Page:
The Blowing Rock Art and History Museum



Click on the image to see a larger picture.

Here you see an artist rendering of The Blowing Rock Art and History Museum.  In the previous post, I showed you my renderings for Edgewood Cottage’s landscape ideas. The museum is to be built just behind Edgewood Cottage.  I am hoping that Edgewood Cottage will receive a grant from the Fiskars company. You can read the entire story about how I became involved with Ineke and Lowell Thomas who are part of the Edgewood Cottage preservation efforts—– here

While on a day trip to Blowing Rock in the mountains of North Carolina, I noticed that the hydrangeas were looking especially photogenic. I knew it wasn’t a chance display of blooms but rather a master pruning effort. I wanted to get to the bottom of all this work. This led me to Ineke and Lowell Thomas who are the most delightful couple I’ve ever met. The Fiskars company gave Lowell and Ineke an assortment of pruners and loppers to aid the many volunteers who take part in caring for the hydrangeas. 

After delivering the gift from Fiskars, the three of us sat and chatted for awhile. I knew that Fiskars had a grant program called Project Orange Thumb. I dug a little deeper and discovered more community results from this energetic group of volunteers. The Blowing Rock Gardening Club and The Blowing Rock Historical Society have completely renovated the first studio of Elliott Daingerfield.

I thought this cottage sounded like the perfect fit for the grant guidelines. It is a community effort and will be maintained by the community. It is open for everyone and will have ongoing efforts to attract visitors. It’s a great match for the grant qualifications. Now let’s hope they get it. 

Elliott lived from 1859 to 1932. His impact on Blowing Rock is still being celebrated today. He became a famous painter with many of his pieces in galleries all over the world. Elliott used the Appalachian mountains as inspiration in several of his works. You can see his art at the BRAHM site.  Edgewood Cottage has been restored to it’s original state in every way possible. The exterior siding was removed board by board and reversed to expose the more original look. The  boards were individually planed and reassembled. You can read about about my visit with Lowell and Ineke and their part in Edgewood Cottage here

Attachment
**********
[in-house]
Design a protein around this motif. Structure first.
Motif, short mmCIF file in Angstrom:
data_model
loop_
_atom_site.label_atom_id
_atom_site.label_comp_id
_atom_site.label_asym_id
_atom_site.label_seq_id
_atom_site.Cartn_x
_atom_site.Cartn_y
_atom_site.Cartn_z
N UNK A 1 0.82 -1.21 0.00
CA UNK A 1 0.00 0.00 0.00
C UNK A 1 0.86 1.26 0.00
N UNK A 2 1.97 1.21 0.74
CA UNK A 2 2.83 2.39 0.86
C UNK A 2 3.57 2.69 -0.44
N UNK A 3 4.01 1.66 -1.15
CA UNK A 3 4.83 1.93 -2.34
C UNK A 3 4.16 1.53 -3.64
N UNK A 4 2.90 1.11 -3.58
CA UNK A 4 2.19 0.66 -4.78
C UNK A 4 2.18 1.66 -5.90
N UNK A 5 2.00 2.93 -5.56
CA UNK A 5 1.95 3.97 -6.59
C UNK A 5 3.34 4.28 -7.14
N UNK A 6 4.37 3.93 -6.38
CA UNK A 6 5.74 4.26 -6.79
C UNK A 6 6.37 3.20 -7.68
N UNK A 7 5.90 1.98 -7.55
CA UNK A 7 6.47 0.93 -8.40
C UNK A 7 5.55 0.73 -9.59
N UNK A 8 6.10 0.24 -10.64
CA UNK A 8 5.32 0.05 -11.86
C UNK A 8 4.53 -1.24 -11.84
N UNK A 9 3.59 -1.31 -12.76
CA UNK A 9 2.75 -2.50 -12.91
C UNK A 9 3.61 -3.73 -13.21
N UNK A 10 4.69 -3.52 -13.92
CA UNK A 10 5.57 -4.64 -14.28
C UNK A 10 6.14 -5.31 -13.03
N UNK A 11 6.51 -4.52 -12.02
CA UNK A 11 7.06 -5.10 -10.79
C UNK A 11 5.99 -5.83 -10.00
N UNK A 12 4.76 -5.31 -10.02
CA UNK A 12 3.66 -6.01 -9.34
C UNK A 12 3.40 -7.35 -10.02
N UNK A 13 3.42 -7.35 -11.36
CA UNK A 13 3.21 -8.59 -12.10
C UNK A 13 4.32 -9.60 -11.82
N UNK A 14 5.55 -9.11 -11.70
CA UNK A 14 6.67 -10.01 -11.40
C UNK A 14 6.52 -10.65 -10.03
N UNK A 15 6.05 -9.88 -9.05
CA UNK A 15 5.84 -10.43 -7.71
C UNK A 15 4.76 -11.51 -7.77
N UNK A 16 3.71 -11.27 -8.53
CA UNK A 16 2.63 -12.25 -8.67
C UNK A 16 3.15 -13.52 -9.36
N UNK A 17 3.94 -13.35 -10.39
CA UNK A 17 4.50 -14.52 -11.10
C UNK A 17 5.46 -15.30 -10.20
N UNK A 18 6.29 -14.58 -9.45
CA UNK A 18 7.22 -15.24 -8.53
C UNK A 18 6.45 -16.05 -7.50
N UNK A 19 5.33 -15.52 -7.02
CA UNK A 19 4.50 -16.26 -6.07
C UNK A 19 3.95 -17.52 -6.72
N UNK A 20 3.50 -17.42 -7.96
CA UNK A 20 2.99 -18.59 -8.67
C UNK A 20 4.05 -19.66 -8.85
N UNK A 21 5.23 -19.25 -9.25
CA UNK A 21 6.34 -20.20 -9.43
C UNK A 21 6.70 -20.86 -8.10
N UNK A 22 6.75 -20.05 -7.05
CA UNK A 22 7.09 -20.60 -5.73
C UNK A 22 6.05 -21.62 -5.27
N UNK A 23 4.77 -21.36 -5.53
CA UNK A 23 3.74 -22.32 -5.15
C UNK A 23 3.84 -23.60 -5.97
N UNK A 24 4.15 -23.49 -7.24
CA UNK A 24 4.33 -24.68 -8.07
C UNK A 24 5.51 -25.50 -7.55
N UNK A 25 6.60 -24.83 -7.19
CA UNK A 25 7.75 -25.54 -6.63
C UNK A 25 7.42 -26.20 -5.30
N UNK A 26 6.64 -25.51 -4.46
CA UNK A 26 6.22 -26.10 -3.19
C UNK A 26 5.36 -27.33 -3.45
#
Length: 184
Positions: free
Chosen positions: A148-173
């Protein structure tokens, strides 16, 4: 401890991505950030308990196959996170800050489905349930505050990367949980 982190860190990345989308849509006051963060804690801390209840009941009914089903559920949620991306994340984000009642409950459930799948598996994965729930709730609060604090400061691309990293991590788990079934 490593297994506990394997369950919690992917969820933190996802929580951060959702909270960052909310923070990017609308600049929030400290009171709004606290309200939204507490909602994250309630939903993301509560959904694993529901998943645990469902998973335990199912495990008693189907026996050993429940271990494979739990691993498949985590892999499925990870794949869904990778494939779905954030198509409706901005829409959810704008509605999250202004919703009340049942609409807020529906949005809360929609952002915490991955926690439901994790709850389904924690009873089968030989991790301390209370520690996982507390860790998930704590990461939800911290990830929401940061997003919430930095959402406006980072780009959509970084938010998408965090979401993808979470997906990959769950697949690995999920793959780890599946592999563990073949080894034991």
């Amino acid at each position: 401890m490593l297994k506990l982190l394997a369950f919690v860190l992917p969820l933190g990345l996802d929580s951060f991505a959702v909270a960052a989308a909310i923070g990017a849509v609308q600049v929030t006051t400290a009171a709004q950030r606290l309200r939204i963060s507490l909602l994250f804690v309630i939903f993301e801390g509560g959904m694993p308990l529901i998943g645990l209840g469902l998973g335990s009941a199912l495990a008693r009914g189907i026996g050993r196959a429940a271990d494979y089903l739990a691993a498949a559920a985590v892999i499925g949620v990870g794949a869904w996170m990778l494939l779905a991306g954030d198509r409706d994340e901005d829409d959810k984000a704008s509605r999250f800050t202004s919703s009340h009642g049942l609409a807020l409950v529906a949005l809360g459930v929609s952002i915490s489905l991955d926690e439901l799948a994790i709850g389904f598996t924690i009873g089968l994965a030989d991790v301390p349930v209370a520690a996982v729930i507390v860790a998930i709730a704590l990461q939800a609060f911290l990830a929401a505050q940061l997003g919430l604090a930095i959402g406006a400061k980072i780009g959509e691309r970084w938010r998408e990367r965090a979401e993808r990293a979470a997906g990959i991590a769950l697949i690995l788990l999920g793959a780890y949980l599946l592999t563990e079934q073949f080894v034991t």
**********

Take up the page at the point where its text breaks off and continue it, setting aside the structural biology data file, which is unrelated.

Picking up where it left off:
I indicated that a museum was to be built just behind Edgewood Cottage. I think it is beautiful don’t you? It is a destination for everyone who would like to know and experience what Southern Appalachia life is all about from yesteryear to today. The BRAHM as the museum is called will house many of the art pieces by Elliott Daingerfield. 

The BRAHM is approximately 21,000 square feet of display area. The building itself will contain five (5) main galleries; a large multi-purpose community meeting room; a conference room; 2,500 square feet of educational and workshop space; a library; an historic objects gallery; an orientation theater; administrative offices; reception areas; storage space for art and historical objects; a gift shop; and an adjacent outdoor sculpture garden.

I hope you continue to follow my story on Edgewood Cottage and The Blowing Rock Art and History Museum. The deadline for turning in the grant for Edgewood Cottage’s Project Orange Thumb is the middle of February. I have lots of time to take your suggestions in to consideration for the landscaping plans for the cottage. Once I am done, I’ll present these suggestions to The Blowing Rock Gardening Club. My renderings are simply a guide to help them with the grant and in return enjoy the beauty they create. I visit Blowing Rock as often as our schedule allows. I hope you’ll visit too. 

More about The Blowing Rock Art and History Museum and their mission statement.

3 Comments Add yours

  1. Jan says: